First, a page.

The virtual mechanism will now be examined which has the same hinge locations as the incremental collapse mechanism, but for which all deformation occurs only at the hinges, the members of the frame itself remaining straight. A simple mechanism of this sort is sketched in fig. In either case the product MP6 on the right-hand side is positive.
Equations Thus the basic equation for incremental collapse is derived: The relationship between the shakedown load factor Xs and the static load factor 2C for maximum values of the same loads may be determined by further examination of equation Incremental and static plastic collapse 99 The two equations are, of course, almost identical; the only difference is that all loads in equation If the two equations are divided by their load factors, and subtracted, then nin j Thus any load of fixed magnitude e.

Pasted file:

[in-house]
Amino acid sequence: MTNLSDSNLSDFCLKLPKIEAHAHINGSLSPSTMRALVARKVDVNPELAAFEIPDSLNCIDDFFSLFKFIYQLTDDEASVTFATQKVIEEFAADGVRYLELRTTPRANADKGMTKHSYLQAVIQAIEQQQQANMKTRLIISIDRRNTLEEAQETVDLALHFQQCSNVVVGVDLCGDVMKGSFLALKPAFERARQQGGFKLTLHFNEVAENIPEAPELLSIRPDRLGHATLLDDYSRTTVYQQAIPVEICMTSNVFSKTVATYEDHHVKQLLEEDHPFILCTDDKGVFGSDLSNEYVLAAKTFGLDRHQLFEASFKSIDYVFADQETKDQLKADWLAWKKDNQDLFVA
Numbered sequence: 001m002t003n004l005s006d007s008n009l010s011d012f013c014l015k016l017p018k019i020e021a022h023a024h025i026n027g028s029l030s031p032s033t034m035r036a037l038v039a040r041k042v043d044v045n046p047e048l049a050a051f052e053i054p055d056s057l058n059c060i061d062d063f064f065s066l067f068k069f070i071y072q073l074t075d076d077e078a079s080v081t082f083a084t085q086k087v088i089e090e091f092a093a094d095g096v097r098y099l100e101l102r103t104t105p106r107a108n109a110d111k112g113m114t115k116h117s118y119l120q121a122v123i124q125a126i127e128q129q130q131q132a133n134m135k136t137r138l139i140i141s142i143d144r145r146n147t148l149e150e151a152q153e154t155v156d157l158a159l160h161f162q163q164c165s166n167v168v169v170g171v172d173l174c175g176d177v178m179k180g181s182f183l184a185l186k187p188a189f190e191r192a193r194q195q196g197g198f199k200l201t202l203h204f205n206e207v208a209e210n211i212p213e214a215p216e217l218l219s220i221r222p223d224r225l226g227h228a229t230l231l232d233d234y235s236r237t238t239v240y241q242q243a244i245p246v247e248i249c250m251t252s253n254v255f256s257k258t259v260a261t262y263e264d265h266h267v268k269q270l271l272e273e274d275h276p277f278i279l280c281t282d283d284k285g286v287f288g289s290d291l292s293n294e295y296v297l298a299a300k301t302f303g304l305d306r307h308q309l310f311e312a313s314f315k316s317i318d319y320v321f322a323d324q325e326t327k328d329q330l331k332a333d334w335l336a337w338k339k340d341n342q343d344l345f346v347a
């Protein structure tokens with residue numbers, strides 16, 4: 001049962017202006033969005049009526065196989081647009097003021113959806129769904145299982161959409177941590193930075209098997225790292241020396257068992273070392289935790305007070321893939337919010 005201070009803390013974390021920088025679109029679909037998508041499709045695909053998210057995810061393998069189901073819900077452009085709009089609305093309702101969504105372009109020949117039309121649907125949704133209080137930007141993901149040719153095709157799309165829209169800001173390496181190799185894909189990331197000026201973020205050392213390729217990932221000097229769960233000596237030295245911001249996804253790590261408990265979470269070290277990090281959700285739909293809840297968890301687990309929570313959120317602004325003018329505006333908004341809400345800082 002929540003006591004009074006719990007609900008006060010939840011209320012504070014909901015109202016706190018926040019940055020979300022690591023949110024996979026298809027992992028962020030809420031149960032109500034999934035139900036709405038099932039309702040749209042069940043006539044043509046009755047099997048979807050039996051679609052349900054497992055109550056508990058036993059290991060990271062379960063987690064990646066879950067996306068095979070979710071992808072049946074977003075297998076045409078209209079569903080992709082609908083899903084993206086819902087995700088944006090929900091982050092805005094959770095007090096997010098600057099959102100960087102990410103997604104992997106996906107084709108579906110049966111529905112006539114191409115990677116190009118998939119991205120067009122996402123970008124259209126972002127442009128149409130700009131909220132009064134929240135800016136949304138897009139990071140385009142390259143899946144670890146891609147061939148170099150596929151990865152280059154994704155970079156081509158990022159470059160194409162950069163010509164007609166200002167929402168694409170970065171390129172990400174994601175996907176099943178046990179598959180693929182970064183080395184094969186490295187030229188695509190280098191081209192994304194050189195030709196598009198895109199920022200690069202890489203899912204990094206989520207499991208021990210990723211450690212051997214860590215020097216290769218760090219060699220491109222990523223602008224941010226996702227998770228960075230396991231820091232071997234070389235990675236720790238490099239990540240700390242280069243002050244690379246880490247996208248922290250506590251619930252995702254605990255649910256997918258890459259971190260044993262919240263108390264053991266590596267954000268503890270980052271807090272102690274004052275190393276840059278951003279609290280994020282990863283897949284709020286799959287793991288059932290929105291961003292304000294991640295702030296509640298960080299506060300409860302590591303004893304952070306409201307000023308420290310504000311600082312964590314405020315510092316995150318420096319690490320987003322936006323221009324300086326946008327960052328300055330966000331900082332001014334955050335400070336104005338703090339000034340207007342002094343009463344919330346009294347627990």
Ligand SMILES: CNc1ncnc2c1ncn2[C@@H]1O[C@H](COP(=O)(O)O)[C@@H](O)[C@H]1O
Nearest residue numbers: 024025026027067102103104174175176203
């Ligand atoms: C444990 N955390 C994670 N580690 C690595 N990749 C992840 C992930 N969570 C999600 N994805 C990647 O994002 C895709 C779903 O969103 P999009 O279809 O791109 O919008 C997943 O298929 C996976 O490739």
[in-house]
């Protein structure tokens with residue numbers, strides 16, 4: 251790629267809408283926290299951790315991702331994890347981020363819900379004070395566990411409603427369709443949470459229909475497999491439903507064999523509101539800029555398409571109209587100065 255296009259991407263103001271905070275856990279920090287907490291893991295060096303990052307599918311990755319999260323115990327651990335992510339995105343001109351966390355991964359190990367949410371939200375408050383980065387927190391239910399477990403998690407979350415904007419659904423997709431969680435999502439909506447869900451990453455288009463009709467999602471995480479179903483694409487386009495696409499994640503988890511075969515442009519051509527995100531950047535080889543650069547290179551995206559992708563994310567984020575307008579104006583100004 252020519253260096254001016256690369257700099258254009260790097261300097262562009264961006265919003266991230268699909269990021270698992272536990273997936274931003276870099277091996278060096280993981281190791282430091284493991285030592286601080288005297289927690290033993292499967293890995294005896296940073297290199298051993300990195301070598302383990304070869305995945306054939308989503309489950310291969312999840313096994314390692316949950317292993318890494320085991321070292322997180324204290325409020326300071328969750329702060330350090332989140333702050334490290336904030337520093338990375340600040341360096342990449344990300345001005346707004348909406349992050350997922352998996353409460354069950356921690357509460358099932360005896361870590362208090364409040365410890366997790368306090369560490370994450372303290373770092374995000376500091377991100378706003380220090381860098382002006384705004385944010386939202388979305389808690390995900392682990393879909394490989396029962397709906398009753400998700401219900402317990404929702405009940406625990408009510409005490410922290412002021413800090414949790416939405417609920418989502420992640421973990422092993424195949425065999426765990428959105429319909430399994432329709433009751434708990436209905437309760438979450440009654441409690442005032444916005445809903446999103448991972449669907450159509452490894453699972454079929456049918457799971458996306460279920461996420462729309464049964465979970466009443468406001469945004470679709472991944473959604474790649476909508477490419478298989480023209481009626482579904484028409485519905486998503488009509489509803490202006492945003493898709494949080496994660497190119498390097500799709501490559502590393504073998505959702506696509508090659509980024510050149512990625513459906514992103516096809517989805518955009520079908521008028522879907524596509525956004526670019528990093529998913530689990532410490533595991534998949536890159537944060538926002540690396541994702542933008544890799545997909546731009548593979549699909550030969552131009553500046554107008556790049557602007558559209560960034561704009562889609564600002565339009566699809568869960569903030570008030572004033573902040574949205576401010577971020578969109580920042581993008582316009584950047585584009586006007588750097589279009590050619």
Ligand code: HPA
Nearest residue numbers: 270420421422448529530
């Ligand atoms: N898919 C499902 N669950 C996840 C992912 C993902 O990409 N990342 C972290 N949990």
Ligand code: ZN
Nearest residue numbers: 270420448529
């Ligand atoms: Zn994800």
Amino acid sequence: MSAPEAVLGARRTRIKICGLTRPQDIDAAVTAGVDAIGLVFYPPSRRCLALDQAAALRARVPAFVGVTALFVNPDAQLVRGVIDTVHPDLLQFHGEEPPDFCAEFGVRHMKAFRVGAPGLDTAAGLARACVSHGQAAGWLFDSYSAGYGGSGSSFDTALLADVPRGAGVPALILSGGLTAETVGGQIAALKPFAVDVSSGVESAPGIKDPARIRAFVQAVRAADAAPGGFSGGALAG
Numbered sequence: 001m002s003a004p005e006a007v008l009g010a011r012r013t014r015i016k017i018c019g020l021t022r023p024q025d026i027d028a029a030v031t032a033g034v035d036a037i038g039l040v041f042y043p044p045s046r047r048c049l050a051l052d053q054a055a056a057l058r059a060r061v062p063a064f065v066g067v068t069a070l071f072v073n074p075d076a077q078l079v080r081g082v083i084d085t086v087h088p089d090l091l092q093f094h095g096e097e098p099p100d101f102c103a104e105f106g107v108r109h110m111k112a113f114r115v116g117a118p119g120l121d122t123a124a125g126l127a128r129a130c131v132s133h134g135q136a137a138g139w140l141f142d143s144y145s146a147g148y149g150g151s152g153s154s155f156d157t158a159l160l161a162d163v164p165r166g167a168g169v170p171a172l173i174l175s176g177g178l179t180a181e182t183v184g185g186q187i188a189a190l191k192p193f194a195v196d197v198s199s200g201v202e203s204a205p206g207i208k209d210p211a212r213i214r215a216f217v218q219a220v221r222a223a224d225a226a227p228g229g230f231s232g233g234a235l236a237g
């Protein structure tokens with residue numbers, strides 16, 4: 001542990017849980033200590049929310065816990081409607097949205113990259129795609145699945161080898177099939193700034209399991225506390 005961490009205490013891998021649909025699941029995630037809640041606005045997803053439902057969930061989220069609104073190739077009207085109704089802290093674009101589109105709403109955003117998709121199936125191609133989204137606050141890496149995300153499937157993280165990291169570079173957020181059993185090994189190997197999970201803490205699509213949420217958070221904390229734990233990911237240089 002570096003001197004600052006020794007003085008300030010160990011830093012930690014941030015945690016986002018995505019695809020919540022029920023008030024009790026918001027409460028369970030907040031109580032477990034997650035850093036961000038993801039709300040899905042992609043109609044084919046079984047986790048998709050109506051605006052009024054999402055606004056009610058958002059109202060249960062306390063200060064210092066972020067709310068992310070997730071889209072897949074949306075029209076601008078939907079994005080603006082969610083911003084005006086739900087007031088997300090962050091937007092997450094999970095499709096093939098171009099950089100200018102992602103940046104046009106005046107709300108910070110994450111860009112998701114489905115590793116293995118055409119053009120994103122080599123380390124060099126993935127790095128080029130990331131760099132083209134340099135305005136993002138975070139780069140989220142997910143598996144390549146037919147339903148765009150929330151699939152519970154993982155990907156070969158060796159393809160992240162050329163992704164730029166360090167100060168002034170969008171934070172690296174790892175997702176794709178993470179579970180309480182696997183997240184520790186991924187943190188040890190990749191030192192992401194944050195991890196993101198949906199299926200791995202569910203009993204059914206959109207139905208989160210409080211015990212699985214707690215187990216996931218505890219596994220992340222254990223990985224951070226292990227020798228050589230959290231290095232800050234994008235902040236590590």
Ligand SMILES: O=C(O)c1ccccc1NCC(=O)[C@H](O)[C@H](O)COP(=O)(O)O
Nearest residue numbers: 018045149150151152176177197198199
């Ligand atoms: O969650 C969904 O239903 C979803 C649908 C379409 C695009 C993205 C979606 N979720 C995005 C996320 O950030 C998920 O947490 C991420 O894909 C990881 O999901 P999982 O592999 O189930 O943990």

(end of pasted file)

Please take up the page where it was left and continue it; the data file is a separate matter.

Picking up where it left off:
Dead loads will of course play their part in the evaluation of the static collapse load factor Ac, but do not enter the shakedown analysis if it is done according to equation Second, the whole of the right-hand side of equation The difference between As and Ac arises only from loads which would produce a positive elastic bending moment at a section where there is a negative hinge rotation, or which would produce a negative elastic bending moment at a section where there is a positive hinge rotation.
Equation Elastic bending moments for afixed-baseportal frame, and possible collapse mechanisms. Incremental and static plastic collapse As an example, the collapse of an idealized fixed-base portal frame will be examined. Figure The values of V and H are supposed to vary randomly and independently within the ranges Also shown in fig. The following equations may be derived: It will be noted that the 'yield surface' for incremental collapse lies entirely within the corresponding yield surface for static collapse, as it must from inequality Interaction diagram for fixed-base portal frame, showing loading limits for static and for incremental collapse.